An examination of the patterns of failure in defense acquisition programs
Author(s)McNew, Gregory J
System Design and Management Program.
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The history of acquisition reform dates back to the Revolutionary War era, and recommendations and actions to reform the Department of Defense's acquisition system continue today. Common themes emerge from the recommendations of countless Acts, Studies, Panels, and Commissions over the past 30 years, pointing to areas that appear to have the most impact on the system. Despite these actions and recommendations, issues remain at the program execution level, resulting in increased cost and delays in fielding needed capabilities. This work focuses on three areas. A comprehensive Literature Review of acquisition reform activities was conducted. This generated a list of common themes and focus areas that are associated with less than successful program outcomes. Following this, a series of ten patterns of behavior (acquisition archetypes) postulated for software programs developed by Carnegie Mellon University's Software Engineering Institute were examined for applicability to the larger Department of Defense acquisition system and to determine their relationship to acquisition reform actions. As part of this effort, a survey of acquisition personnel was conducted to determine the relevance of these patterns of behavior. Based on these foundational works, the final step examined the results of the survey to answer four research questions. First, the survey results were analyzed to determine if the patterns of behavior were present with general and statistical relevance. The second question attempted to determine if the patterns of behavior led to measurable cost and/or schedule growth if they were present in the respondent's program. Third, the postulated root causes for the behaviors were compared to the common themes from acquisition reform activities to determine alignment. Finally, the survey results were analyzed to see if the patterns of behavior correlated to a particular program size, lead service, or "joint" program status. The findings show that the patterns of behavior are present in Department of Defense acquisition programs, and some do lead to measurable cost and/or schedule growth when identified. Acquisition Reform activities have been targeted at the areas that are reported as root causes of the behaviors, and one of the ten patterns of behavior does correlate with "joint" program status.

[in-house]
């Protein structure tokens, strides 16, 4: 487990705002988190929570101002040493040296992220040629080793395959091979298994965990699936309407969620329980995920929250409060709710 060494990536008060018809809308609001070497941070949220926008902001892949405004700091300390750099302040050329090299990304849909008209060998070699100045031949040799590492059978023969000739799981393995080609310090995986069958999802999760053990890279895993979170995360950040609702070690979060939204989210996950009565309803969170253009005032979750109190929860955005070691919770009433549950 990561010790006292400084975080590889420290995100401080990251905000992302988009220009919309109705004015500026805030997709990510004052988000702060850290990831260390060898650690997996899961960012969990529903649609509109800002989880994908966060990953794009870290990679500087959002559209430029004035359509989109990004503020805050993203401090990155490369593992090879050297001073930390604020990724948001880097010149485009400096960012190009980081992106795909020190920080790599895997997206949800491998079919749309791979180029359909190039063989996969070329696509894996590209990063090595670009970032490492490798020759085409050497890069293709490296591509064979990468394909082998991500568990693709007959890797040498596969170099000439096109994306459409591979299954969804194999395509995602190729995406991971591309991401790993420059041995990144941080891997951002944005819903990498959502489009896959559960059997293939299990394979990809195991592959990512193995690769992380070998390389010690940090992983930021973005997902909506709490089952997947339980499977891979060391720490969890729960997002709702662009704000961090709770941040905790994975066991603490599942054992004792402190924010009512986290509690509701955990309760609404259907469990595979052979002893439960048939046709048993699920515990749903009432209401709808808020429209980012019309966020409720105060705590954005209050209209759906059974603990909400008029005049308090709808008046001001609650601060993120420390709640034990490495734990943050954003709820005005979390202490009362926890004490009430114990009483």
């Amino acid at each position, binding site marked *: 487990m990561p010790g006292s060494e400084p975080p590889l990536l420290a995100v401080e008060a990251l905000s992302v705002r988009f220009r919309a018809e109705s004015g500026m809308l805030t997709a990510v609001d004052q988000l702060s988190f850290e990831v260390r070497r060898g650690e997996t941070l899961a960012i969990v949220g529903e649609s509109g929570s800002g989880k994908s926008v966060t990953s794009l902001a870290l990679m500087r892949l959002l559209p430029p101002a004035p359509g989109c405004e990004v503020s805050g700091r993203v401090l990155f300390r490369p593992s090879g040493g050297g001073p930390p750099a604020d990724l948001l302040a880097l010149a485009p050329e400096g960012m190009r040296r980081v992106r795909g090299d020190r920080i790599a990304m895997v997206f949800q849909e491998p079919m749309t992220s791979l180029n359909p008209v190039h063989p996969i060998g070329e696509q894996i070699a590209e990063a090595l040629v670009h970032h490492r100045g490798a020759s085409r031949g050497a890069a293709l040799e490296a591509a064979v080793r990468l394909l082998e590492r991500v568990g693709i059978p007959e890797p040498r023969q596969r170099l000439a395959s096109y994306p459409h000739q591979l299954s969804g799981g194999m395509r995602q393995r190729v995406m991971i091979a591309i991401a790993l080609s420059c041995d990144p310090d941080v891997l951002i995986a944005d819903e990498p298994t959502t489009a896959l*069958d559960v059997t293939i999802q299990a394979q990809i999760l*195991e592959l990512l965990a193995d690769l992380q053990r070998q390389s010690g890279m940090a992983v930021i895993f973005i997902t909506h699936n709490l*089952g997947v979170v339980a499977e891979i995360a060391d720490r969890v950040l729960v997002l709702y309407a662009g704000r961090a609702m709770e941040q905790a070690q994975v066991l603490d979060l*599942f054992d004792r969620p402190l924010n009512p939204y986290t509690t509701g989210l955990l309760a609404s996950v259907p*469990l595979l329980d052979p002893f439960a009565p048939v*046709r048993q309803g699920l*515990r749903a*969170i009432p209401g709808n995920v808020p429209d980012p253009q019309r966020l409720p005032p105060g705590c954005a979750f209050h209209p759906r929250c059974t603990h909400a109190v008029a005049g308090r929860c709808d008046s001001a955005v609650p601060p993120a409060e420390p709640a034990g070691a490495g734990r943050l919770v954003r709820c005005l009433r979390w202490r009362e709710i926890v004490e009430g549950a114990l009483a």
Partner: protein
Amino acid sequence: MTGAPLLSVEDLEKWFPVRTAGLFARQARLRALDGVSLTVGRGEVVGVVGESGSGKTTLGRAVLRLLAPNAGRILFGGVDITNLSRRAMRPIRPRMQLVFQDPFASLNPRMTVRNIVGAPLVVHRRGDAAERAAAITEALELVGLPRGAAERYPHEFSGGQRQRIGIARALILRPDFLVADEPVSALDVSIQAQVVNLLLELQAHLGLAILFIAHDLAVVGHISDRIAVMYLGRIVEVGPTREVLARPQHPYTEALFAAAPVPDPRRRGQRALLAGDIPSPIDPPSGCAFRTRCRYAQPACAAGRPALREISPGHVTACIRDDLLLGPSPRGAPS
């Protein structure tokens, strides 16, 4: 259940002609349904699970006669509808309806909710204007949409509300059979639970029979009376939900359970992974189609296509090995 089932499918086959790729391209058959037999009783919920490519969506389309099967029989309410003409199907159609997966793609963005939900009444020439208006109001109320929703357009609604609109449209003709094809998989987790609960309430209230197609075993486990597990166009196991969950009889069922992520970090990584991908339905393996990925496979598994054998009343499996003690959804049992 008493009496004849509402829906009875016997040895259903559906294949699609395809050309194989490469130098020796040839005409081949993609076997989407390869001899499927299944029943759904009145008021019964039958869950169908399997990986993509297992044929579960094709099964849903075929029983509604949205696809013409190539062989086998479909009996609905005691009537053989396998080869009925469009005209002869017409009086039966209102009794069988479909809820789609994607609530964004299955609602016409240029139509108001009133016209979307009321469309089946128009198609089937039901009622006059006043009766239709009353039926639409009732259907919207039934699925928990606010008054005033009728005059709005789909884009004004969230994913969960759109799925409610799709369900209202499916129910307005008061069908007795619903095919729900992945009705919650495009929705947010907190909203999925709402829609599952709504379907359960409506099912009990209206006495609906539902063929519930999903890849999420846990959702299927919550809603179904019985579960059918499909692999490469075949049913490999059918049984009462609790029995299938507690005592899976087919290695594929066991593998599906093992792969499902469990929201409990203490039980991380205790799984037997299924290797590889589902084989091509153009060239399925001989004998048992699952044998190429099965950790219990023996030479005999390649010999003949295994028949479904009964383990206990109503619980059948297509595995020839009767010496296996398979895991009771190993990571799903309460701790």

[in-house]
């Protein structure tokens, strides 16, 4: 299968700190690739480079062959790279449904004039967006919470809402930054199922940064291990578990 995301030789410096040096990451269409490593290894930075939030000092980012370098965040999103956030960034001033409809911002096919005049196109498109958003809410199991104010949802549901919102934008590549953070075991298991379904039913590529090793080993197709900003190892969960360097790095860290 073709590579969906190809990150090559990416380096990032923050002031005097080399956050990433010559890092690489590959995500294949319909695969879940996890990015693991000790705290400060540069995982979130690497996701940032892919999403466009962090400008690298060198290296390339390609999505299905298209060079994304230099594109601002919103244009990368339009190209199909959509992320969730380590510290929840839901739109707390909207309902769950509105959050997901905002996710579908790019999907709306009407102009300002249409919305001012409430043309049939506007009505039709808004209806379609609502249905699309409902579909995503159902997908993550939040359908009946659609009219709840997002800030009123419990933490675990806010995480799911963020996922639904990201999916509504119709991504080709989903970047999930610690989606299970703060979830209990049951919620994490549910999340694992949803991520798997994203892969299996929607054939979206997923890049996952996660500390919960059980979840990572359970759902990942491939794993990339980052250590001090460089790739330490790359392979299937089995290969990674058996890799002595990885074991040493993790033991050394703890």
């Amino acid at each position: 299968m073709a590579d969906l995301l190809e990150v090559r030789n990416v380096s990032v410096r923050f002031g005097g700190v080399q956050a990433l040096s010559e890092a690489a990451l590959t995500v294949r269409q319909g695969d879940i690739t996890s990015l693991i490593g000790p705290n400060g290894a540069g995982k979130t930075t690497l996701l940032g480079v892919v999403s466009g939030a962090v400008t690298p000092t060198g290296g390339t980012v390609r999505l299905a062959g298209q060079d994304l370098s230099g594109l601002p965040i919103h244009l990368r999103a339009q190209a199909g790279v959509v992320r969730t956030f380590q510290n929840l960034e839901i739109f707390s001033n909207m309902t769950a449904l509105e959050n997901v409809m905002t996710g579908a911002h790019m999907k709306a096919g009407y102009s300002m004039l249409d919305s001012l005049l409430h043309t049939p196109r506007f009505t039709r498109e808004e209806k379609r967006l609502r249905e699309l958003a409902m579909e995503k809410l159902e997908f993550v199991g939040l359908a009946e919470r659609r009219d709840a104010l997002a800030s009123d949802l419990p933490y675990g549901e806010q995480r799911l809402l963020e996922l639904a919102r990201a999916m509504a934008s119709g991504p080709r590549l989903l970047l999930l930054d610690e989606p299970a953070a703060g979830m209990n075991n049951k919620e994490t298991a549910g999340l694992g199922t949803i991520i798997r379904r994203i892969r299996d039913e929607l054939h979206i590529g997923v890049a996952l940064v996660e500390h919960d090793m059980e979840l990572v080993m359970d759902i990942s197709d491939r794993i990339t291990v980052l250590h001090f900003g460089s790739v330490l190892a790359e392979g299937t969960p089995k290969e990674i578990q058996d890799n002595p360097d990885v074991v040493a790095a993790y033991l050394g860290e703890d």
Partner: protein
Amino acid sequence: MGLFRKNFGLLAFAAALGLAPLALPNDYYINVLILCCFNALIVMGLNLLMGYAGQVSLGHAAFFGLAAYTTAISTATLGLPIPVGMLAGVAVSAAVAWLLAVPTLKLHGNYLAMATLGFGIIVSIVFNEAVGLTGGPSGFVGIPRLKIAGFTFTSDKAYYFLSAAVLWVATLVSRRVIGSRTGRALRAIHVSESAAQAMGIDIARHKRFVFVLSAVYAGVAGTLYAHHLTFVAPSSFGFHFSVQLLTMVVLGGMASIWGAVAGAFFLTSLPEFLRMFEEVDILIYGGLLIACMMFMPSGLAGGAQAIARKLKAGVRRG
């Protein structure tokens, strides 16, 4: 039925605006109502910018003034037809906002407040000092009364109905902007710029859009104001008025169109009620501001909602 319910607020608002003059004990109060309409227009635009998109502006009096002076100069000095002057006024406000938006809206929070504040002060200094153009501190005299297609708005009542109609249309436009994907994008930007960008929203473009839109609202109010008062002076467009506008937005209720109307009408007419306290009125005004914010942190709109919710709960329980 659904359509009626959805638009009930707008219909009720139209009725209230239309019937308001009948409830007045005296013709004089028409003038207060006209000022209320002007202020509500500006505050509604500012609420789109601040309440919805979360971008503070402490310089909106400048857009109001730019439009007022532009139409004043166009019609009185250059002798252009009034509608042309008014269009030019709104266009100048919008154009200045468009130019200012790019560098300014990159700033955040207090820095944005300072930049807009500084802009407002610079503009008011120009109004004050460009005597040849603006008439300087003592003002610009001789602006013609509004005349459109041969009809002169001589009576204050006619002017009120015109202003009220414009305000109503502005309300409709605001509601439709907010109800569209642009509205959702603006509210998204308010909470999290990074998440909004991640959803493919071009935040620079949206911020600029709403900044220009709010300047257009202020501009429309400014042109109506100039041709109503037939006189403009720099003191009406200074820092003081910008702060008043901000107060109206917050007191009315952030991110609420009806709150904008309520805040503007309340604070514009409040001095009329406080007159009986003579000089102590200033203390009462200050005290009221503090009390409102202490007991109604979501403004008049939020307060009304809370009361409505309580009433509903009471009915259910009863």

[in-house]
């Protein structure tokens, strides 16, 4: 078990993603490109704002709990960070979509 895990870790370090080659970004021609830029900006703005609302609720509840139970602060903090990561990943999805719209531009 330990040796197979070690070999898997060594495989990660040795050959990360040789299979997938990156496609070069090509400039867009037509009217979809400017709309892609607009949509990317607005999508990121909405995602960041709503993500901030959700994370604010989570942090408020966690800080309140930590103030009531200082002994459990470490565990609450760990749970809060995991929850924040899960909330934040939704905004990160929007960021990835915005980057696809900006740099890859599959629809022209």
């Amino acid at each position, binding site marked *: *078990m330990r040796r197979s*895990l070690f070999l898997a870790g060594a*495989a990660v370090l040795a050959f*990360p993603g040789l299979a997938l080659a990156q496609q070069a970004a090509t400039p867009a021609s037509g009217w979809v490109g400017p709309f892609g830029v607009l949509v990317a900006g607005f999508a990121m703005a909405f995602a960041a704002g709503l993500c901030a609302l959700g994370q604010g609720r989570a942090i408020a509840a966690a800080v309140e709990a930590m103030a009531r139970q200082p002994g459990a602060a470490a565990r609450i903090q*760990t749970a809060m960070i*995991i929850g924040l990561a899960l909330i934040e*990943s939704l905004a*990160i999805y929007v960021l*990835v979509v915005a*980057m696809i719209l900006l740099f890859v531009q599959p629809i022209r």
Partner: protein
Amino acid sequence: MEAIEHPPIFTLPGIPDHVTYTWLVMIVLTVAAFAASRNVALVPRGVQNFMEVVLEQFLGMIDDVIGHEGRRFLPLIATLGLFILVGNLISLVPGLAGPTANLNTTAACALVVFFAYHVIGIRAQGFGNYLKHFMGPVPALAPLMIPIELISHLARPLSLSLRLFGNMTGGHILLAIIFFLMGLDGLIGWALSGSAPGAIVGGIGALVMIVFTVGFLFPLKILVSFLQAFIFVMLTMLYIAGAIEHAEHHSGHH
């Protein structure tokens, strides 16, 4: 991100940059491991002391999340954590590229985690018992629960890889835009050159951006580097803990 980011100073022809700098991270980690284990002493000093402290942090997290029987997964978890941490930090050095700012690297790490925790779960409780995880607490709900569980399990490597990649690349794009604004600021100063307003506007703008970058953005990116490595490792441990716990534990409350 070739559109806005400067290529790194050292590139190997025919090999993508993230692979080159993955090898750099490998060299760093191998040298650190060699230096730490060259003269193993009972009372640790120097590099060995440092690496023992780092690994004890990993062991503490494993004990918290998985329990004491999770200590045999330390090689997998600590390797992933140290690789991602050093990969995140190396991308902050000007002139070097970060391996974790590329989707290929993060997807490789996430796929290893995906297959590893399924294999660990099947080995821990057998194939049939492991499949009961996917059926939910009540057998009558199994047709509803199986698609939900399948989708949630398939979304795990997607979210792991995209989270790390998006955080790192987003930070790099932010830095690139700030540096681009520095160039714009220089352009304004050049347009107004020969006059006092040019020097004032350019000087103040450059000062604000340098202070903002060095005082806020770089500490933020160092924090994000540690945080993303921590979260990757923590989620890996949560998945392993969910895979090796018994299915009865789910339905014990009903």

Thesis (S.M. in Engineering and Management)--Massachusetts Institute of Technology, Engineering Systems Division, System Design and Management Program, 2011.Cataloged from PDF version of thesis.Includes bibliographical references (p. 213-217).
DepartmentMassachusetts Institute of Technology. Engineering Systems Division.; System Design and Management Program.
Massachusetts Institute of Technology
Engineering Systems Division., System Design and Management Program.